I think it will be interesting to see how UMPC devices with 3G capabilities affect the market too.  I dont see these things taking on phone capabilities (except VOIP), but 3G data capabilities holds some VERY interesting possibilities - and its here that I see the biggest changes coming - think bluetooth, IM/VOIP and 3G in the one fairly small bundle with an onscreen touch keyboard...

Just need to get the battery industry to catch up - this will be their biggest weakness... especially in first generation devices.

How practical is the UMPC screen?

, posted: 14-Mar-2006 08:43

I've been thinking about the screen size of the UMPC and wondering how much you'll be able to fit on it. Fortunately - rather than guessing we can download the UMPC screen emulator. You can use this on your standard Windows XP laptop to see how the applications you run will look (see here for a shot of it running). I've got a couple of apps in particular that I want to run on one of these and the ones I've tried look OK. Obvious things that stand out to me is that I'll need to trim toolbars in IE, and the standard display applet from control panel barely fits. If you are interested in getting one of these new devices, you'll want to run this emulator up to see how it will work for you.

UMPC - impressions

, posted: 11-Mar-2006 14:46

I've been looking at the UMPC. I've watched the Channel 9 Video, and had a look at the intel platform page.
The short story is I am going to get one of these. I've got a trip to the US in July, so if I cant get one beforehand, I'll get one then. I've been thinking about getting a Tablet PC for home for ages, and this would fit the bll perfectly and should be cheaper.
One thing I've noticed in the platform is that there is lots of talk about communications, mostly via instant messaging and VOIP. If this is really connected as much as the vision determines it will be, then as these devices are widely adopted, communications may actually change considerably.
Today we communicate largely via phone for 1:1 discussion, increasingly we are using instant messaging, and increasingly instant messaging clients have VOIP clients built in, so a device like this that can accompany us anywhere and stay connected means that we will have more access to each other using IM and VOIP and even video calls. So this could change the way we communicate, which will again mean that mobile operators will need to change to stay in business.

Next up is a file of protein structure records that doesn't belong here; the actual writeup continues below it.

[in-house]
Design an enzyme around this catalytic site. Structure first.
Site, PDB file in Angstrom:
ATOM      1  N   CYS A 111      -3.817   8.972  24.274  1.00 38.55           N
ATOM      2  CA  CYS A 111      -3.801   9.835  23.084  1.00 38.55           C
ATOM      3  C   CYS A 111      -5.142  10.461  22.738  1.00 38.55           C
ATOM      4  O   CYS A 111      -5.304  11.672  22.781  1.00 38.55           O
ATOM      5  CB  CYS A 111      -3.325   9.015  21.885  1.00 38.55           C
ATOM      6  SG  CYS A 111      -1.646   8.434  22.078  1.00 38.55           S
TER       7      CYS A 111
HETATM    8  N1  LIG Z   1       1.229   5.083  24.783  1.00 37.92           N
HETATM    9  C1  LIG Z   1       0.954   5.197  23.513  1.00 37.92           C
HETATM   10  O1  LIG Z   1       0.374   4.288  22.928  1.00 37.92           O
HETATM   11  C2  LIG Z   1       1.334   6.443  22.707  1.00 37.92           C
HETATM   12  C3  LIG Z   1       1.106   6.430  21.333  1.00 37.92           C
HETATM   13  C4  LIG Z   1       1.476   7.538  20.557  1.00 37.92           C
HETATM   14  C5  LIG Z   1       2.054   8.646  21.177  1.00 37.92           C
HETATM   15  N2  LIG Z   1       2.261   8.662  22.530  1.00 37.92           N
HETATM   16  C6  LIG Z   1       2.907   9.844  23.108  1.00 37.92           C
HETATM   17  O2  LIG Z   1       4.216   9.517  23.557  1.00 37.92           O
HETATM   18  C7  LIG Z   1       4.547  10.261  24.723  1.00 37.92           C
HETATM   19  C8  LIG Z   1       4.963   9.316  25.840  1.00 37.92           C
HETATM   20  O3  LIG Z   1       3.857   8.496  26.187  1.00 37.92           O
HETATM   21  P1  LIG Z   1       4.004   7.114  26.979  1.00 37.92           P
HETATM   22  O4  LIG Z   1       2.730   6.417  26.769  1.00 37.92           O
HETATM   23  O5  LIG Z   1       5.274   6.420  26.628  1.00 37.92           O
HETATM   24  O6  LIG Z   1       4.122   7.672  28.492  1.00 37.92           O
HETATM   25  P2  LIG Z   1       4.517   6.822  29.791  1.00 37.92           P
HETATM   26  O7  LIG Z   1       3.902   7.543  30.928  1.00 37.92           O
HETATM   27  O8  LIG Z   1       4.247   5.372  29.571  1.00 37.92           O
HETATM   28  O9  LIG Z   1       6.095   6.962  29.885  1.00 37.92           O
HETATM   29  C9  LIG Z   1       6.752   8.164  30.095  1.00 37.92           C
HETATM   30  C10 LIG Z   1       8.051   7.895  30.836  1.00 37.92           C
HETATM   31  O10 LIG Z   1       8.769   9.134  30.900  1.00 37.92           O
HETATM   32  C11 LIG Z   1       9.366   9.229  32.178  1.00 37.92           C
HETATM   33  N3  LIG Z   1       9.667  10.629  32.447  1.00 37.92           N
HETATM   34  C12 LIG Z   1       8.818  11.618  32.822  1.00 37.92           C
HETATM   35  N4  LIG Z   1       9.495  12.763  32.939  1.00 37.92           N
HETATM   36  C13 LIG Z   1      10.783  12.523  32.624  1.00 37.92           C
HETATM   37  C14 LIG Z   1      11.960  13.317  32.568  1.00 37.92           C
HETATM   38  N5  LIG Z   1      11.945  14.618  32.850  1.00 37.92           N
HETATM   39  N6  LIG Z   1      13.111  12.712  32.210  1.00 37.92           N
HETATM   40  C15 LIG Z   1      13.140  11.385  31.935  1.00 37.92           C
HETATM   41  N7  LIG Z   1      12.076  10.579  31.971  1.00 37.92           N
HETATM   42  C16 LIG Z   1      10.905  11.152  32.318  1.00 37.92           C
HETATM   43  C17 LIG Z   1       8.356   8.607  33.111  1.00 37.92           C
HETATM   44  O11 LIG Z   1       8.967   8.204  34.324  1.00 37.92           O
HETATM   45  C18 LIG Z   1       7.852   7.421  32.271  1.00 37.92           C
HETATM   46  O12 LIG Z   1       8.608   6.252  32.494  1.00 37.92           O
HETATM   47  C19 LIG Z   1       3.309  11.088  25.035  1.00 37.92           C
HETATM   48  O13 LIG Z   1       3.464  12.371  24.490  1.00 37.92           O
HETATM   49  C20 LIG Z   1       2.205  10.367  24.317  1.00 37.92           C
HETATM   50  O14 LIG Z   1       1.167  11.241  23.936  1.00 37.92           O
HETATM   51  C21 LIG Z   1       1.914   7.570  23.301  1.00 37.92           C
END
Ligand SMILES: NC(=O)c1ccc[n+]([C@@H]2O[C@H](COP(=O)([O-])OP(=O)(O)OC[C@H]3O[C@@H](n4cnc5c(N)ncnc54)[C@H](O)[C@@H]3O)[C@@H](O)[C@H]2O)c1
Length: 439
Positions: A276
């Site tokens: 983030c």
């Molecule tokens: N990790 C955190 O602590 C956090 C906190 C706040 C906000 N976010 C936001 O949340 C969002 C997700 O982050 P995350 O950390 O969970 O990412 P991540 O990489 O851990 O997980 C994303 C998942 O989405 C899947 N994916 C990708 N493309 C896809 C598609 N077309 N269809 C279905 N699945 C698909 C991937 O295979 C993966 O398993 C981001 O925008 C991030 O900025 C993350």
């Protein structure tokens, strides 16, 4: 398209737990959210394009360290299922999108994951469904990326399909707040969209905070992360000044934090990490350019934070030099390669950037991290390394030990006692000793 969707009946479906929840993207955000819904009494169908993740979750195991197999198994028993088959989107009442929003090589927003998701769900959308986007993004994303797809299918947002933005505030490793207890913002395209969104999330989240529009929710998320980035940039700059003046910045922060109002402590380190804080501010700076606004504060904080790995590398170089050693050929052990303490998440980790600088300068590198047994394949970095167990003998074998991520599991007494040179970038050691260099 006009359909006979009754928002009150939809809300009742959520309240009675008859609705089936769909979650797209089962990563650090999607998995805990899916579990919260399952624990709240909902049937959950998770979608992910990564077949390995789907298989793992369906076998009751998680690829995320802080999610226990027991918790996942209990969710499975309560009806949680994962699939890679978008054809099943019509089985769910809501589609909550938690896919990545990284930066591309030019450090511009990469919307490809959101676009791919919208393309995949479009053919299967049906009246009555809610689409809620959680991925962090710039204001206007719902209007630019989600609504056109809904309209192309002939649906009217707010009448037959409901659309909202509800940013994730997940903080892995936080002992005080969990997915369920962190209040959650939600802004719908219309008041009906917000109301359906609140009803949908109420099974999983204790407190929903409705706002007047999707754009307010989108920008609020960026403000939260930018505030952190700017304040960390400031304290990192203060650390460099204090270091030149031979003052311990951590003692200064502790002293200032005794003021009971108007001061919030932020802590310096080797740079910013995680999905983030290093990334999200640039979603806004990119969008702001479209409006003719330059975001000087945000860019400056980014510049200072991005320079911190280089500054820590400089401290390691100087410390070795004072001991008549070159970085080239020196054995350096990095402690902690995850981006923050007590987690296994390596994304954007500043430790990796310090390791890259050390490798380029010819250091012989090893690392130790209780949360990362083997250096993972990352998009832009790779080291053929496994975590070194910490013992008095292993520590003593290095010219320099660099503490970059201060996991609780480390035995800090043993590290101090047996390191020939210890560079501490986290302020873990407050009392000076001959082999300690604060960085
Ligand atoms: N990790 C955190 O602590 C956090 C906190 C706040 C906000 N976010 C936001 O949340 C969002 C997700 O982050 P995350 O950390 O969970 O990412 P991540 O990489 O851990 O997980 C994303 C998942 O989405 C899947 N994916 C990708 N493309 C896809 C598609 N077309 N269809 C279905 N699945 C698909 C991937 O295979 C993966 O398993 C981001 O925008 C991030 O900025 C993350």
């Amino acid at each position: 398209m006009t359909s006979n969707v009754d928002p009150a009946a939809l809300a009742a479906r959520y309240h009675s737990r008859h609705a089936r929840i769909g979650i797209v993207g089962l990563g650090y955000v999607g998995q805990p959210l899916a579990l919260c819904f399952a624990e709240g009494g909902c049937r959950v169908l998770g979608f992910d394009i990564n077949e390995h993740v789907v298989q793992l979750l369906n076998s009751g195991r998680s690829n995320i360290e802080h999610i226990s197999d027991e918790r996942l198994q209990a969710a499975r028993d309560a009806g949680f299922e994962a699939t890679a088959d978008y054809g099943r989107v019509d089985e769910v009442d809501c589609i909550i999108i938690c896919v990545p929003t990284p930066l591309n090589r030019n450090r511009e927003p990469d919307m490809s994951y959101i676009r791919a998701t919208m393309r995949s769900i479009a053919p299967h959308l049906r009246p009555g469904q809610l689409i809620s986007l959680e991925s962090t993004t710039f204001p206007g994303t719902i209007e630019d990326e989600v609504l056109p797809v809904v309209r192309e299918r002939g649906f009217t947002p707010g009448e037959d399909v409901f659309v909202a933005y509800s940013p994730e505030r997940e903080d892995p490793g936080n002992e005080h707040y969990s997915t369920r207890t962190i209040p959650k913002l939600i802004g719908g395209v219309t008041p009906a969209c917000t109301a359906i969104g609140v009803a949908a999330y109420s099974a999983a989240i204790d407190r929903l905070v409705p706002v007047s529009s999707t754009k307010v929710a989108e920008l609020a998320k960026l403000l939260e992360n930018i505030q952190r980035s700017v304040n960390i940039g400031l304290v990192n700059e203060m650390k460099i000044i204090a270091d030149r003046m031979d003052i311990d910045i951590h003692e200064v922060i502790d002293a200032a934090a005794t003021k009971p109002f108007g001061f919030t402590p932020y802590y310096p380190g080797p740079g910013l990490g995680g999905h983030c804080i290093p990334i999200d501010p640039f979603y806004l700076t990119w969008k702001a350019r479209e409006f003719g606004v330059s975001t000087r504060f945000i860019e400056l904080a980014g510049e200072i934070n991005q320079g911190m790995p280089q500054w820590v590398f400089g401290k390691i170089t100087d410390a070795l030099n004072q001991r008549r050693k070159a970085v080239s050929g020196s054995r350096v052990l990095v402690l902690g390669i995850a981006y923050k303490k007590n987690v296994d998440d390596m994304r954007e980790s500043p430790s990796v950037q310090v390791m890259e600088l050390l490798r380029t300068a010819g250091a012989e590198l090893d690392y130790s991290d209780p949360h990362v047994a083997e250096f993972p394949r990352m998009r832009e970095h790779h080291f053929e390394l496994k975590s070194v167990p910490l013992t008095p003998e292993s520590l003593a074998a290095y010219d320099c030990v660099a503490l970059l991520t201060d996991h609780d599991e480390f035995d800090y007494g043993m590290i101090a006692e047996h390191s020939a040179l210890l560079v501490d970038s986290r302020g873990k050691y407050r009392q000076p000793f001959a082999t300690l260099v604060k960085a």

Of course this will take time...
I think this would be great for running many of the apps that I have on my home PC that I'd like to take with me. I'm looking forward to seeing them on the market.

Microsoft unveils the Ultra Mobile PC

, posted: 10-Mar-2006 11:23

Now THIS looks very cool...
The Ultra-Mobile PC is a new kind of computer. It combines the power of Windows XP with mobile-ready technologies that make it easy to access and use your software on the go. With small, lightweight, carry-everywhere hardware designs, you can connect and communicate, accomplish any task anywhere and at any time, and be entertained and informed wherever life takes you.

Square screen smartphones coming soon?

, posted: 10-Mar-2006 10:53

The world continues to get more interesting and the Windows Mobile world continues to evolve and more form factors come out. This morning I opened my mail and read in the latest Handango developer newsletter that developers ought to get ready for square screen Smartphones as they will be released this year. Smartphones with landscape screens have been announced (such as the Motorola Q and Samsung i320). Pocket PC's with square screens have been around for a while - and I personally dont find these compelling, however, I'm interested to see how it works on Smartphones. If you are a developer and you are using .Net CF - my advice is to use .Net CF v2 - this allows you take advantage of Docking and Anchoring, which prevents you having to write lots of code to handle screen resolutions. More on this in a later post.